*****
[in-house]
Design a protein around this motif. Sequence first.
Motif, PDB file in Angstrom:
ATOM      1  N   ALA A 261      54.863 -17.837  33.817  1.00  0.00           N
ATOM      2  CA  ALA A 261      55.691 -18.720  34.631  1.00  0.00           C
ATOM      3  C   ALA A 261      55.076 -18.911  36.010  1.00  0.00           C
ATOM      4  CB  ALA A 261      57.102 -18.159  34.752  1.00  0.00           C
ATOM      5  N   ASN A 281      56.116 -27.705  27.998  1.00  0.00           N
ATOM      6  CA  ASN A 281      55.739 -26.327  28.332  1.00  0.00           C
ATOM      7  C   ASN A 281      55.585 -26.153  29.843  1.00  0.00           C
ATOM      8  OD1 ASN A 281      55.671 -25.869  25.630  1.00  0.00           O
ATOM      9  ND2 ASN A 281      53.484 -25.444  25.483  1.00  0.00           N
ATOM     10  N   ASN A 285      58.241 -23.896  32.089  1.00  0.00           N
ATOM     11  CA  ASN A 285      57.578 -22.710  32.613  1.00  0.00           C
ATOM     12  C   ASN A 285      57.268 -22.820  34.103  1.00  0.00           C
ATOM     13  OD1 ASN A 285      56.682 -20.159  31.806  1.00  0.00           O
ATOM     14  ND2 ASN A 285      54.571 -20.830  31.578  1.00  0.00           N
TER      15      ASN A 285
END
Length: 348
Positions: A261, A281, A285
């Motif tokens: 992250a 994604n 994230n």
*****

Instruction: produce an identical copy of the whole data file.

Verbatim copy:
[in-house]
Design a protein around this motif. Sequence first.
Motif, PDB file in Angstrom:
ATOM      1  N   ALA A 261      54.863 -17.837  33.817  1.00  0.00           N
ATOM      2  CA  ALA A 261      55.691 -18.720  34.631  1.00  0.00           C
ATOM      3  C   ALA A 261      55.076 -18.911  36.010  1.00  0.00           C
ATOM      4  CB  ALA A 261      57.102 -18.159  34.752  1.00  0.00           C
ATOM      5  N   ASN A 281      56.116 -27.705  27.998  1.00  0.00           N
ATOM      6  CA  ASN A 281      55.739 -26.327  28.332  1.00  0.00           C
ATOM      7  C   ASN A 281      55.585 -26.153  29.843  1.00  0.00           C
ATOM      8  OD1 ASN A 281      55.671 -25.869  25.630  1.00  0.00           O
ATOM      9  ND2 ASN A 281      53.484 -25.444  25.483  1.00  0.00           N
ATOM     10  N   ASN A 285      58.241 -23.896  32.089  1.00  0.00           N
ATOM     11  CA  ASN A 285      57.578 -22.710  32.613  1.00  0.00           C
ATOM     12  C   ASN A 285      57.268 -22.820  34.103  1.00  0.00           C
ATOM     13  OD1 ASN A 285      56.682 -20.159  31.806  1.00  0.00           O
ATOM     14  ND2 ASN A 285      54.571 -20.830  31.578  1.00  0.00           N
TER      15      ASN A 285
END
Length: 348
Positions: A261, A281, A285
């Motif tokens: 992250a 994604n 994230n």